This Is How We Die, Battersea Arts Centre

Chris Brett Bailey is a bard of thhqdefaulte modern age. Like Elizabethan theatre the audience went to hear rather than to see, This Is How We Die is a bombardment of the ears rather than the eyes. Using spoken word and beat poetry to tear open the world as we know it, Bailey forces us to confront the horrors and beauty of everyday existence. This piece of theatre moves away from the trend of visual theatre, taking the audience on a self-reflective ride of their lives.

At just over an hour, we are hurtled on a journey through Bailey’s rage against “-isms” and “-ists,” a brutal first meeting with his overly-literal girlfriend’s parents and a Hunter S. Thompson-like roadtrip through the American desert. His delivery is relentless, pausing only for comic effect or to take small sips of water from the glass that sits on his desk. Yes, a desk. He sits at a desk, with his script in front of him. This form rails against the increasingly visual culture we live in but it forces the audience to really and truly listen. He has a lot to say that he feels strongly about and you need to hear it.

Trying to describe what This Is How We Die is about is futile. Anything descriptive about plot or narrative arc will make this piece sound simplistic and trite. The feature that really makes this a must-see is Bailey’s visceral use of language. He savours it, relishes it and throws it away. A sea of sound washes over us, then pummels us, unarmed, in a back alley behind some dingy American bar. His imagery alternates between abstract and concrete, the highlight being his girlfriend’s neo-Nazi father left shaped like a swastika after a car accident.

The last ten minutes or so abandons speech, instead favouring live ambient music and harsh lighting. This is his Elizabethan jig, the audience’s catharsis after the emotional Sturm und Drang of the last hour. There was no point in fighting the journey of This Is How We Die so you may as well join him. Share in his rage, his joy and his passion. Relish the world you live in and the sounds of the words that pour so easily from his mouth. This isn’t about how we die, but how we should live.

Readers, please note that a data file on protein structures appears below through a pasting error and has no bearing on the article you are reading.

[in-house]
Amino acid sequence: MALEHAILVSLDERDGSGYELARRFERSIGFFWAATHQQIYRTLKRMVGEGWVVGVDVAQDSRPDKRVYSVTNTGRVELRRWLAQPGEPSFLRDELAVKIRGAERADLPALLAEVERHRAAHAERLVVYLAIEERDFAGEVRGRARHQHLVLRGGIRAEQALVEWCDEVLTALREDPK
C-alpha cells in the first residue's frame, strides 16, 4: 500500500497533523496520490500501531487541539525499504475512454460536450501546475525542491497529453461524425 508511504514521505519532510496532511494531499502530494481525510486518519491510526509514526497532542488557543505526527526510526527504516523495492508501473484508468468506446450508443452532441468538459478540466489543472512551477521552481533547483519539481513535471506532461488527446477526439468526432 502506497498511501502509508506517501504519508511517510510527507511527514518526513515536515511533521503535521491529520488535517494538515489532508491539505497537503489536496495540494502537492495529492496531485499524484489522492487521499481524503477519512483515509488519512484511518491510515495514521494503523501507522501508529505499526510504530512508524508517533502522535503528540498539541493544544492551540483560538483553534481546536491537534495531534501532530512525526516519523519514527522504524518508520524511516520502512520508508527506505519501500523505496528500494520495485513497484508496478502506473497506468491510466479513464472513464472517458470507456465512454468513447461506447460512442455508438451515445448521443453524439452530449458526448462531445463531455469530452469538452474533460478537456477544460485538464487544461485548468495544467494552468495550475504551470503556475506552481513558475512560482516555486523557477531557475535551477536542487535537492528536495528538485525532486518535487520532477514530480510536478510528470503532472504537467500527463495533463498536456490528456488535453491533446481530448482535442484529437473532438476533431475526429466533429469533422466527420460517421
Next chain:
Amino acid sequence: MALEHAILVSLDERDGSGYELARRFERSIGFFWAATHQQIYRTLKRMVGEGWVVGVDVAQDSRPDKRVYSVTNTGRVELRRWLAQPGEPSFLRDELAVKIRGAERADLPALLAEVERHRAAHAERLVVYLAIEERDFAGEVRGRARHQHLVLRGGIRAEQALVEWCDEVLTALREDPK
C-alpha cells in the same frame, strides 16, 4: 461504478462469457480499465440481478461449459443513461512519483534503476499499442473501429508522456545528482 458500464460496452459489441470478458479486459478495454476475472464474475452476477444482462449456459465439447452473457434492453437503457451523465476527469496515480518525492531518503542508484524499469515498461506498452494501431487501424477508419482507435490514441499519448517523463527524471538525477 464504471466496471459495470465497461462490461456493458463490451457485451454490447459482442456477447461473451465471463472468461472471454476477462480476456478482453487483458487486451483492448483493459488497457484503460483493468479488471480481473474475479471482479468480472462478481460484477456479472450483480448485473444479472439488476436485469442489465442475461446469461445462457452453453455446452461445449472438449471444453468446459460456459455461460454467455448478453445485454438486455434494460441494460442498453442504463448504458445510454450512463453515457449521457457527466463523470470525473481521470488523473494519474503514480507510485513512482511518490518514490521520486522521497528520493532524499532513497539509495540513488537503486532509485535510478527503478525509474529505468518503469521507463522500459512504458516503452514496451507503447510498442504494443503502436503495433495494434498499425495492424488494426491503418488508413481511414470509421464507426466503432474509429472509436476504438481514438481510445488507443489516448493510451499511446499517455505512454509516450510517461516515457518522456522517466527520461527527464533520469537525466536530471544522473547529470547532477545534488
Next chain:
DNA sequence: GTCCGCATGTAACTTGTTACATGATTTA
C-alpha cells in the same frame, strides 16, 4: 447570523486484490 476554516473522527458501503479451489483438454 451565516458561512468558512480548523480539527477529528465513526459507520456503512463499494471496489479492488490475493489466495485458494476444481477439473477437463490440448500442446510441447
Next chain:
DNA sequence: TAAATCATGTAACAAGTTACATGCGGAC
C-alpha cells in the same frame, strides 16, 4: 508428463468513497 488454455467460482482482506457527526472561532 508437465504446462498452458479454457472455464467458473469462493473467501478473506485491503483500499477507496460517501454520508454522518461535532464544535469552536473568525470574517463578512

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My Initial Response to “This Is How We Die”

Today I gaze at anticipatory faces. Chasing A-stars, they wait.

And wait.

And wait.

I struggle to face the mundane day lazily unwinding in front of me. The bullet train fever dream of last night’s memory rips at my periphery but I have piles of goddamn exam papers to hand out and count down the time for those little eyes lined up in front of me.

“You have seventy-five minutes to complete this exam paper. Raise your hand if you need anything. You must not speak.”

You must not speak.                         You must not speak.                     You must not speak.

The silence of rustling papers and scratching pens and scraping chairs deafens me. Fatigue caresses my face already propped up by tapping, restless fingers frustrated with marking the correctness of the explanation of hot seating and how its used in my year 9 Drama class.

The middle distance pops up, slides in.

I ruminate.

Never had I thought I’d find Shakespeare reincarnate, but he’s there, under the rioting hair of a Canadian paranoiac, raging at the space he faces of pairs of eyes lined up. He bombards, he bashes, he races. The world we know but ignore is exposed. The guts hang out, the greed, the hate. The racism, the fascism, all those “isms” and “ists” that stain and distend, that we block out to keep out tiny, insignificant spheres of existence perfect and quiet and numb.

This bard makes us see.

He stops.                                                                                                           He whispers.

Just him at a desk with a script and a glass and some lights.

And us. We face him. We hear him. We drink in his sounds, his words, his allegorical tales of love found and lost and open road desert adventure. This is confessional. This is a soul ripped open and we are going to ingest it, whether we want that screaming, raw mass inside us or not. Not through our mouths, but with our ears we catch his lightning, eventually blinded by words and light and music.

We are overcome.

We are left.

We are the catalysts of our own change.


The Play’s The Thing UK is an independent theatre criticism website maintained voluntarily. Whilst donations are never expected, they are hugely appreciated and will enable more time to be spent reviewing theatre productions of all sizes. Click here to make a donation with PalPal.